Mice can’t vote.
They can neither fill in little ovals on ballots nor move voting machine toggles with their itty bitty paws. That’s unfortunate, because the teeny rodents are less inclined than humans to be swayed by the semantics of fake news content in the form of doctored video and audio, according to researchers.
Still, the ability of mice to recognize real vs. fake phonetic construction can come in handy for sniffing out deep fakes. According to researchers at the University of Oregon’s Institute of Neuroscience, who presented their findings during a presentation at the Black Hat security conference last Wednesday (7 August), recent work has shown that “the auditory system of mice resembles closely that of humans in the ability to recognize many complex sound groups.”
Mice do not understand the words, but respond to the stimulus of sounds and can be trained to recognize real vs. fake phonetic construction. We theorize that this may be advantageous in detecting the subtle signals of improper audio manipulation, without being swayed by the semantic content of the speech.
No roomfuls of adorable mice watching YouTube
Jonathan Saunders, one of the project’s researchers, told the BBC that – unfortunately for those who find the notion irresistibly cute – the end goal of the research is not to have battalions of trained mice vetting our news:
While I think the idea of a room full of mice in real time detecting fake audio on YouTube is really adorable, I don’t think that is practical for obvious reasons.
Rather, the goal is to learn from how the mice do it and then to use the insights in order to augment existing automated fakery detection technologies.
Saunders told the BBC that he and his team trained mice to understand a small set of phonemes: the sounds that humans make that distinguish one word from another:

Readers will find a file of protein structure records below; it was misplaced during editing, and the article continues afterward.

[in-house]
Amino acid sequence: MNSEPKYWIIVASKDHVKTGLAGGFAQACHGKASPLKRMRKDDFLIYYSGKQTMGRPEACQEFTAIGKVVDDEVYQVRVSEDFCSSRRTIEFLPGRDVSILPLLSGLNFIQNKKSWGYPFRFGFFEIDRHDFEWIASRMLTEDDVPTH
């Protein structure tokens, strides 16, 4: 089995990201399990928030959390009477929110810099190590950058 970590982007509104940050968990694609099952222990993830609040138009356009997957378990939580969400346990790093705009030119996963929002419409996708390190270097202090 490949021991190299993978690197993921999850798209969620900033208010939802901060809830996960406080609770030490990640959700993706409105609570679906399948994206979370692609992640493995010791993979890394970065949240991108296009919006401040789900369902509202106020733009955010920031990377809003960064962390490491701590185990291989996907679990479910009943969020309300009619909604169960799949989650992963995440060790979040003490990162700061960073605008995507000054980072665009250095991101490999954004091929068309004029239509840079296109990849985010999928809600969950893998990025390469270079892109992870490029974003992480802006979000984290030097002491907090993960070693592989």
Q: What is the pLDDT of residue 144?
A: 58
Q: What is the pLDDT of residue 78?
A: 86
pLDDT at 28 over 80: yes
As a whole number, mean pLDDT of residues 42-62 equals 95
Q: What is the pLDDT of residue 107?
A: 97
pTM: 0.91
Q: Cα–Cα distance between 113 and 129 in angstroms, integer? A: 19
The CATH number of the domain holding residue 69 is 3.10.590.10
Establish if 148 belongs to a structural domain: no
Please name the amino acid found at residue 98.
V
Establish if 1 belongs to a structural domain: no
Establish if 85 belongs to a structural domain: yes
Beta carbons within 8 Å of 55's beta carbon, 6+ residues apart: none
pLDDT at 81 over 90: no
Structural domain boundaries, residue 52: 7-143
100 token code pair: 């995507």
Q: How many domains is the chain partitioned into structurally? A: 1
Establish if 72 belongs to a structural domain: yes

We’ve taught mice to tell us the difference between a ‘buh’ and a ‘guh’ sound across a bunch of different contexts, surrounded by different vowels, so they know ‘boe’ and ‘bih’ and ‘bah’ – all these different fancy things that we take for granted.
And because they can learn this really complex problem of categorising different speech sounds, we think that it should be possible to train the mice to detect fake and real speech.
The mice got a treat when they interpreted the speech correctly, which they did up to 80% of the time. Maybe that’s not stellar, but if you combine it with existing methods of detecting deep fakes, it could be valuable input.
State of the art
As it is, both humans and machines do well at detecting fakes. The researchers conducted a small user study in which participants were asked to differentiate between short clips of real speech vs. fake ones. The humans did OK: our species’ median accuracy was 88%.
That’s close to the median accuracy of 92% for the state of the art algorithms evaluated for the challenge: algorithms that detect unusual head movements or inconsistent lighting, or, in shoddier deep fakes, spot subjects who don’t blink. (The US Defense Advanced Research Projects Agency [DARPA] has found that a lack of blinking, at least as of the circa August 2018 state of the technology’s evolution, was a giveaway.)
In spite of the current, fairly high detection rate, we need all the help we can get to withstand the ever more sophisticated fakes that are coming. Deep fake technology is evolving at breakneck speed, and just because detection is fairly reliable now doesn’t mean it’s going to stay that way. Thus was difficult-to-detect impersonation a “significant” topic at this year’s Black Hat and Def Con conferences, the BBC reports.
An error rate hovering around 10% not only leaves a deluge of online-delivered fakery; it also means that the false positive rate will be fairly high, meaning that real news will be flagged as fake, the researchers noted.
And even with detection rates fairly high, be it via biological or machine means, convincing fakes are already out there. For example, experts believe that a family of dueling computer programs known as generative adversarial networks (GANs) were used to create what an AP investigation recently suggested was a deep fake LinkedIn profile of a comely young woman who was suspiciously well-connected to people in power.
Forensic experts easily spotted 30-year-old “Katie Jones” as a deep fake. But that didn’t keep plenty of well-connected people in the government and military from accepting “her” LinkedIn invitations.